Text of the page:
Nothing happened. Perhaps the report has a few teething problems, I thought, or the reader is finishing another book before starting on mine. I tried not to let the lack of activity bother me, but the lack of activity needled me more than I wished to admit. Then, on the second day, the graph had changed. It registered 51 pages read from the day before. Somebody was reading my book!

The most logical thing to do at this point would have been to close the report and get on with my life, but no, I had to know more. So I tried to work out the exact point they had read up to. The Kindle Edition Normalized Page Count (KENPC) for Second Chance is 524 pages. The print book has 305 pages so at roughly 1.72 KENPC per print page I deduced that the reader had stopped at page 30 or the start of chapter 5. I was thrilled, it’s the point where the multiple threads of the opening chapters start to pull together. They were clearly enjoying the story.

At the same time, another emotion surfaced, one I hadn’t expected. Most authors will recognise the emotional rollercoaster when somebody you know reads your book. On the one hand you’re desperate to find out if they like it but you know it’s bad form to ask – there’s nothing worse than a needy author badgering you for your thoughts on the mine of their book to put you off a story. So whenever you meet your friend you deliberately don’t mention the book but at the same time you hope they bring it up in conversation to satisfy your need for validation.

Or maybe that’s just me.

Anyway, watching somebody read my book remotely elicited similar emotions, but this time I had both more and less information to go on. I believed I knew exactly where they’d read up to but had no visual signals, no reassuring smile to comfort me. All I had was the data, so being a story-teller I built my own narrative. In my head they’d loved the book so far and couldn’t wait to read on.

The next day I registered a KENPC of four, the day after that eleven and then a big fat zero. I was mortified. What had gone wrong? My imagination went into overdrive. When I’d first published Second Chance, a number of friends mentioned that it took four or five chapters to get into the story and then boom, everything started to fit together and they were hooked. Yet this reader had got that far and stopped. Did that mean they hated what I’d written? Had they given up and moved onto another book? Had they found it – god forbid – boring? It was torture. What had started as a wonderful new experience to remotely bond with my audience had turned into ego death by a thousand cuts.

Before the new payment process was introduced, all I had to worry about was whether I sold (or rented out) a book or not. Clearly I wanted the reader to enjoy what they’d bought as I had another book for sale and a third on the way, but once a sale was registered, it was a sale. It was a small piece of success, a balm for my ego.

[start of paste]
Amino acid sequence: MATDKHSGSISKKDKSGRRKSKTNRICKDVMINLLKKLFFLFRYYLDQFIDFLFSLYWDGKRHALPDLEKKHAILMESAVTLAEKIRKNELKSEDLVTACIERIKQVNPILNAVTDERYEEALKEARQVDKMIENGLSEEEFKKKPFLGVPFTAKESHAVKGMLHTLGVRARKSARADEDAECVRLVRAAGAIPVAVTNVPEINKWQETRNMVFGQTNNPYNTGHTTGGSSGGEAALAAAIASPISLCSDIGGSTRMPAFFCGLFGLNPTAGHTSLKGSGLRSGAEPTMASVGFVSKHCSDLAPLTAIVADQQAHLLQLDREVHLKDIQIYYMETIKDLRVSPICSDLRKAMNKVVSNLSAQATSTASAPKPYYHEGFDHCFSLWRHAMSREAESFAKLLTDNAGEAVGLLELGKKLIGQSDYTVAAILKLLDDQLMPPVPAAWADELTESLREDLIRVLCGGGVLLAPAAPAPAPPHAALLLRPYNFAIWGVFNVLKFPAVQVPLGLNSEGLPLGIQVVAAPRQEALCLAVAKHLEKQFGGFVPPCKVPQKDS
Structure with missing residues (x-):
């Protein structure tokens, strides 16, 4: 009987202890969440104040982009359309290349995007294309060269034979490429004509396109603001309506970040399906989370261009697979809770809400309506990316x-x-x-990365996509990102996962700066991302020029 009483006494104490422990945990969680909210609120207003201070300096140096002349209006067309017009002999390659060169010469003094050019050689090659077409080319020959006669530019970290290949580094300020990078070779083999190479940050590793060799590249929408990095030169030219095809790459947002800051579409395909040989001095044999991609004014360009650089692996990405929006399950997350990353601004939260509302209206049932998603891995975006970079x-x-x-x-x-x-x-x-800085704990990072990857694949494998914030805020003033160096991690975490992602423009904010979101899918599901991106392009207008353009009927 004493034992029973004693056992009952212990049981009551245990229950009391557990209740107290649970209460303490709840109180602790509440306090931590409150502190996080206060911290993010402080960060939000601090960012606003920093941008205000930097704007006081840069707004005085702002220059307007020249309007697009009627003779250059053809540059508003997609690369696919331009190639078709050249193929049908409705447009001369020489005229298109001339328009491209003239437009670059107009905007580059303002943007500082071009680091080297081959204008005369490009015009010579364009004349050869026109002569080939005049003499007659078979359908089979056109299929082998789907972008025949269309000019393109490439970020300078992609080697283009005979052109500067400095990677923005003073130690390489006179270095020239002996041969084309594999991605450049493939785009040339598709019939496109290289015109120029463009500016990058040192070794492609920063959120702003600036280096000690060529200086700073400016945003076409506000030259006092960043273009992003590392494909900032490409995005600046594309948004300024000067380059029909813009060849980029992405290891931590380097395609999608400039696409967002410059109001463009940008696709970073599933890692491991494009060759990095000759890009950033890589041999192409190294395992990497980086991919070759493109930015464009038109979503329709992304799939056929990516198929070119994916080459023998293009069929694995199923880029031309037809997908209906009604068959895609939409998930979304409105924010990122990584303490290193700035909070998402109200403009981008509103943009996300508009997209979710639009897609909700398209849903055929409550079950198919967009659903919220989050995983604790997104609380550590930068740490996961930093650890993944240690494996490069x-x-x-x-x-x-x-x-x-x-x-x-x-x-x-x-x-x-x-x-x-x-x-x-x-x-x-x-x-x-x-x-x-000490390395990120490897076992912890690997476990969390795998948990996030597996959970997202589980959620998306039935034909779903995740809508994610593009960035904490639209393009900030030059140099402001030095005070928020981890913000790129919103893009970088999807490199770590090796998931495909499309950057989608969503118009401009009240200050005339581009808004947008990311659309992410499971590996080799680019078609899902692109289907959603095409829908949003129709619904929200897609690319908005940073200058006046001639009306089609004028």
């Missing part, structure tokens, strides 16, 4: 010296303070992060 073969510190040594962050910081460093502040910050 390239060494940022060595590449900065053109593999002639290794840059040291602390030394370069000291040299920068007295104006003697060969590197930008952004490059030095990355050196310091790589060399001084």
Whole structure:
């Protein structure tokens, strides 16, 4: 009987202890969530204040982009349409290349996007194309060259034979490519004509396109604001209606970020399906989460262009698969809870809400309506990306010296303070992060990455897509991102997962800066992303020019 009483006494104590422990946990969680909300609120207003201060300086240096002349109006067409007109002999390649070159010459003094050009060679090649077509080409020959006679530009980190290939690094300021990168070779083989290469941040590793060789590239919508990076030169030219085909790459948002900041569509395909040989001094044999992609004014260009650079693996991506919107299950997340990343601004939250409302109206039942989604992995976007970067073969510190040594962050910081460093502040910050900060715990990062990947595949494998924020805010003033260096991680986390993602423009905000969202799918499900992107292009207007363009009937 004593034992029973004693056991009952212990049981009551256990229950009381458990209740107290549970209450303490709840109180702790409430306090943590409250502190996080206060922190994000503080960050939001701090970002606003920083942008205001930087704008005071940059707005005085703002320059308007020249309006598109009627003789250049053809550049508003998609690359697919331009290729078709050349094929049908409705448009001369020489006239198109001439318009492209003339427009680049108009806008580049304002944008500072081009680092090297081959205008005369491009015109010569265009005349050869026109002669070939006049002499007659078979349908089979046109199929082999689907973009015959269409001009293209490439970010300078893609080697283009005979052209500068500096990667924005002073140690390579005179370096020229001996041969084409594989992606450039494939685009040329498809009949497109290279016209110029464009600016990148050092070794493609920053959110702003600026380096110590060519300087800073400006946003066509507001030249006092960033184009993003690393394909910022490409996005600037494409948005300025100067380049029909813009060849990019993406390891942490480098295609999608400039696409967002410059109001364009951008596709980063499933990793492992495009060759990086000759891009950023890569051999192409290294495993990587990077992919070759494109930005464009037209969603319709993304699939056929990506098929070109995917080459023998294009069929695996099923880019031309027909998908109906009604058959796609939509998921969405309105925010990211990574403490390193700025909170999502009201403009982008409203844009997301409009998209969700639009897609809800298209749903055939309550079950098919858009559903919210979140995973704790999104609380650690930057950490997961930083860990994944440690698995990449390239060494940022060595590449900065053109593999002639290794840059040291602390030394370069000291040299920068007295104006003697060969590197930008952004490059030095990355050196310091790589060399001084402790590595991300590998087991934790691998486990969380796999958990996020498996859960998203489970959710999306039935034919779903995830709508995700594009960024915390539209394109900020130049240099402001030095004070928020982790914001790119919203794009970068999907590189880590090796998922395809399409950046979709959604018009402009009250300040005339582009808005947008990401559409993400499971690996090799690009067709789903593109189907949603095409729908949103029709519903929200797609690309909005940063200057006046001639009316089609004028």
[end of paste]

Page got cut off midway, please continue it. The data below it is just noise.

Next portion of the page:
Not any more.

Now I had the agony of watching somebody dump my novel for something more interesting. It took me back to my youth, bringing back feelings of dating the most beautiful girl in high school only to lose them to the football team captain the very next day.*

I woke the next morning and immediately checked my report. I had a KENPC of 485. Woo hoo! The football team captain was clearly a jerk and she loved me all along. I knew it. I’d always had faith in the wonderful, anonymous reader. Doubts? Pah!

Since then my KENPC graph has taken along the look of the Himalayas, with high peaks of many hundreds of pages read to low troughs of none. And it makes sense. For a start, many people don’t read every day, and even if they do they may not necessarily connect their Kindle to the internet until they’re ready to download their next book, only then passing on the data of where they’ve read up to. At the same time I’ve picked up more KU downloads, so it’s become almost  impossible to build a narrative as I’ve no idea whether I’m seeing one person reading 300 pages or one hundred people reading 3 pages (actually, I know it’s not one hundred people at a time – I wish – but you get the point). The point is, my short-term obsession has waned, settling down to monitoring my KENPC score as often as I do my sales (which is still far too frequent than is healthy).

Although it’s early days, I’m finding the new KU payment scheme is much better for me than the old one. I’m only halfway through the month, have had similar downloads than previous months but have made over three times as much money (if the $o.oo6 per KENPC figure widely publicised is correct). I’ve no doubt things will change as the scheme settles down but for the moment I’m happy.

The best part, though, was seeing my first reader, having enjoyed Second Chance so much they’d read it in three days, move on to Absent Souls and do the same thing. At least, that’s the narrative I’ve built in my head and it’s one delusion I’m happy to maintain.

So what about you? Are any of your books in Kindle Unlimited and have you had similar experiences? What are your thoughts about authors being able to remotely look over your shoulder and see what you and other readers have read? I’d love to hear from you.